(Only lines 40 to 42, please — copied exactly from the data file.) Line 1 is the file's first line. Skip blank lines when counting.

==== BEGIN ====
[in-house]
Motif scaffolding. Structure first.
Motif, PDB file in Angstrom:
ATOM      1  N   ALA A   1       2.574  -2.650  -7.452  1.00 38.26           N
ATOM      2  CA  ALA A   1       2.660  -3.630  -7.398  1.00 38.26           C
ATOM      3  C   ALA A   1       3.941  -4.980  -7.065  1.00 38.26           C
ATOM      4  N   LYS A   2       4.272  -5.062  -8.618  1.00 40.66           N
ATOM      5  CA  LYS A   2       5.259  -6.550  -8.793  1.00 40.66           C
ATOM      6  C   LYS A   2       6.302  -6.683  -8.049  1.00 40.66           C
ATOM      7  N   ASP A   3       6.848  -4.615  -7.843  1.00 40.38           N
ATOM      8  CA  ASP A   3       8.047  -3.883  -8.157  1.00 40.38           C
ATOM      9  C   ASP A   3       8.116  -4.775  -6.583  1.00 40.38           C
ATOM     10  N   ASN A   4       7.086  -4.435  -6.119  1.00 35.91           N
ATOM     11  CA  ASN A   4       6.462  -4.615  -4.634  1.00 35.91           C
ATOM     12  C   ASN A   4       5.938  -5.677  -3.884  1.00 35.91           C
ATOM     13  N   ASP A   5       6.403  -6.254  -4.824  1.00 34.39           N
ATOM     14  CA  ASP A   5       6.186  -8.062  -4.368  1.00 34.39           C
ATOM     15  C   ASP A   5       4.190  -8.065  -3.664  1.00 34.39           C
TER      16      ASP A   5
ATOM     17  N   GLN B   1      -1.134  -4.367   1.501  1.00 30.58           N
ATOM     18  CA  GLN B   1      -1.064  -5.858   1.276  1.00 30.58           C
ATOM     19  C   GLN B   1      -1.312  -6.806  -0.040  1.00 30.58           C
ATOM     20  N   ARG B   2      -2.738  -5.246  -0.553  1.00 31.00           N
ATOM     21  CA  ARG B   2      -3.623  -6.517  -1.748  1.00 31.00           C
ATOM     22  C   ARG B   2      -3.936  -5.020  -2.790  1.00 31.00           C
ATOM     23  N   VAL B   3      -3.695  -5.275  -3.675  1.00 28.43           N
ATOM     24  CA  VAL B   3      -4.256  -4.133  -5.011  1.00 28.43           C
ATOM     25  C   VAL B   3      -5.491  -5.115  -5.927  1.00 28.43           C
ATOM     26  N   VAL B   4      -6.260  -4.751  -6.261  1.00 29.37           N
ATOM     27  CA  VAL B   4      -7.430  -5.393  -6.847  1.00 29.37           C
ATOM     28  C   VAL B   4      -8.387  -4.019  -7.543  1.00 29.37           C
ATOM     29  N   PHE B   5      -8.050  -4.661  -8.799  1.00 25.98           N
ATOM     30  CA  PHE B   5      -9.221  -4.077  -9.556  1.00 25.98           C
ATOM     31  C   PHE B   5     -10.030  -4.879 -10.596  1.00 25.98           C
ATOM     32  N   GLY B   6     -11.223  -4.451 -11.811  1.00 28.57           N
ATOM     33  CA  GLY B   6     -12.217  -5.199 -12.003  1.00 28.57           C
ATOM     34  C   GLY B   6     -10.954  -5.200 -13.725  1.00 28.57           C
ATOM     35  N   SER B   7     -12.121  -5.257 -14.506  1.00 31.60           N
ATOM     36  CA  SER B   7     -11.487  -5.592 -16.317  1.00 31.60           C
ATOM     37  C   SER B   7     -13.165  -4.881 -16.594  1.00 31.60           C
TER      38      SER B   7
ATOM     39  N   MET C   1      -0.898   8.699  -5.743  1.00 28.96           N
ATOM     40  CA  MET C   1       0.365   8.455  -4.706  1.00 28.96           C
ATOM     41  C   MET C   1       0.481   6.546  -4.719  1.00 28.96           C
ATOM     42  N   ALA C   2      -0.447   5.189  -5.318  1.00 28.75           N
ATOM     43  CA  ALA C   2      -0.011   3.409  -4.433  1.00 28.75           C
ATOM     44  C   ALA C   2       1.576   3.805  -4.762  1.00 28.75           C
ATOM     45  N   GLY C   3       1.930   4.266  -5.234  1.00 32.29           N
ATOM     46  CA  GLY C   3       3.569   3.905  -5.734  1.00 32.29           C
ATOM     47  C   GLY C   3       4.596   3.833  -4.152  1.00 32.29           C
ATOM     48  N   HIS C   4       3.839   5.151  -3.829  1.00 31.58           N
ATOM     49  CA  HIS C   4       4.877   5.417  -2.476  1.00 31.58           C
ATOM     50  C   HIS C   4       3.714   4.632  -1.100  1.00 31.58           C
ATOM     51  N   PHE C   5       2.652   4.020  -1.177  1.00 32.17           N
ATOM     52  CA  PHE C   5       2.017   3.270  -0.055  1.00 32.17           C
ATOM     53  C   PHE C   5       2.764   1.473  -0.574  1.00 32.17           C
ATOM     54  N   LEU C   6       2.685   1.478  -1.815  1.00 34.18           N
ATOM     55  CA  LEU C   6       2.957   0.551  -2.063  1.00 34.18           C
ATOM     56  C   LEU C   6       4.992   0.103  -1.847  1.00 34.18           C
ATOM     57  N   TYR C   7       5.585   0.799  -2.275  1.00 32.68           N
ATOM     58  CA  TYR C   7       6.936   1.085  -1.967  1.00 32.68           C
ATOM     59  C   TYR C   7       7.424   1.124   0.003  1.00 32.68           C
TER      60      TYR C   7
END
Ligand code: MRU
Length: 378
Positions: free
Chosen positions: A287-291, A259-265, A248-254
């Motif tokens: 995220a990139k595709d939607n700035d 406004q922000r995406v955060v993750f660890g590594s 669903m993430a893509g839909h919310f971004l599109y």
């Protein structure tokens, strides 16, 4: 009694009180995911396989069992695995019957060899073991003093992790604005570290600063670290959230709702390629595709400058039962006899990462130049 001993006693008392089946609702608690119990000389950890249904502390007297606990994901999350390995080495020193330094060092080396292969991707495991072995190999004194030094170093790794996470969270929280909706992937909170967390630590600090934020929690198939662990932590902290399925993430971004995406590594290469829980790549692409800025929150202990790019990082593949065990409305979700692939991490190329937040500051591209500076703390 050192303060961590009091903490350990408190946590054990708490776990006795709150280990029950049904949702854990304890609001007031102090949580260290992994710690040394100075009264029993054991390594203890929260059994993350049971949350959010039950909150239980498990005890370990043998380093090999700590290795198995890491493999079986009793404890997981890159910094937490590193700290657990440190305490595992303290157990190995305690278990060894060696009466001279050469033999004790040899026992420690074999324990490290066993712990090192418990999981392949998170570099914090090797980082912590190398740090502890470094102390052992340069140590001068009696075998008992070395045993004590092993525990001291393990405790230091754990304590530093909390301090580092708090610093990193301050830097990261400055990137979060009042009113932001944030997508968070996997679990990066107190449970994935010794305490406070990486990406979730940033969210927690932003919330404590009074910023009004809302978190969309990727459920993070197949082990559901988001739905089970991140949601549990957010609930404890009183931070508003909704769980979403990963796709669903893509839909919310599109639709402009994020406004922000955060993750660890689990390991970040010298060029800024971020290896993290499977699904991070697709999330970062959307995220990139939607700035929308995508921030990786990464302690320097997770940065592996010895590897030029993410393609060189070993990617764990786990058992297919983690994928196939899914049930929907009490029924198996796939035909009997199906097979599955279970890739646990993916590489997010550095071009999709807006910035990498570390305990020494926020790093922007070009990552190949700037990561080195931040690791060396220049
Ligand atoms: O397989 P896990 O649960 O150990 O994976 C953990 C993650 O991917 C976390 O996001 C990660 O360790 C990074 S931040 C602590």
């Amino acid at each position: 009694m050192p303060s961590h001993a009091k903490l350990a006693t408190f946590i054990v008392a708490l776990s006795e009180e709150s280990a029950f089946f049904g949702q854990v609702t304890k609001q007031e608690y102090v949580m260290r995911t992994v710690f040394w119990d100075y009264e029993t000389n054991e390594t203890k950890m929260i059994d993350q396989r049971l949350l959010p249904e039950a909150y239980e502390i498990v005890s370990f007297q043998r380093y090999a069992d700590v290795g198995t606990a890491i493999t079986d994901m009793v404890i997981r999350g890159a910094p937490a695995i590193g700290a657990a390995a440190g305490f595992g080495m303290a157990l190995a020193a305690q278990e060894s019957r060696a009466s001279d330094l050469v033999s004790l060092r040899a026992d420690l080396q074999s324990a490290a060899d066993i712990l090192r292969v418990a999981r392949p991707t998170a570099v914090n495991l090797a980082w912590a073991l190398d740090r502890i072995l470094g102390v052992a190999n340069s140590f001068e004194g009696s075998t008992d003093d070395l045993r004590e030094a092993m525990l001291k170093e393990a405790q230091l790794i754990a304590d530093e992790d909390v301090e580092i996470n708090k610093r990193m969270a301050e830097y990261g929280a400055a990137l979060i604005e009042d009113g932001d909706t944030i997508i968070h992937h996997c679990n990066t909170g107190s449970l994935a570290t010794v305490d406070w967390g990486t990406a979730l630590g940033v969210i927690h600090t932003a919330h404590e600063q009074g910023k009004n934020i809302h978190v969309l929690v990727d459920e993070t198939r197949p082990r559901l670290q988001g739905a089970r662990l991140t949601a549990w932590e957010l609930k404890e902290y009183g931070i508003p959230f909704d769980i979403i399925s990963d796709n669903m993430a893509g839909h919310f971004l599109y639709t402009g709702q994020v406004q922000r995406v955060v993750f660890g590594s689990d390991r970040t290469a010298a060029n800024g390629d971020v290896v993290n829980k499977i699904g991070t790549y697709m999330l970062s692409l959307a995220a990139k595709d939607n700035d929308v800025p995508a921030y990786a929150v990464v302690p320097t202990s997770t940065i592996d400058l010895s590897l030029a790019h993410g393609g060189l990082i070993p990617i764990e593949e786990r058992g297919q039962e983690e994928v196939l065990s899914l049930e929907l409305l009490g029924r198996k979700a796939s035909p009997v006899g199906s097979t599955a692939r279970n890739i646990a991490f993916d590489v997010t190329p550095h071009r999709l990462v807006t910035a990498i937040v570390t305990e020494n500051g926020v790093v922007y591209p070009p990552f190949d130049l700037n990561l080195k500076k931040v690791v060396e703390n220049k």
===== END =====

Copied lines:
ATOM     37  C   SER B   7     -13.165  -4.881 -16.594  1.00 31.60           C
TER      38      SER B   7
ATOM     39  N   MET C   1      -0.898   8.699  -5.743  1.00 28.96           N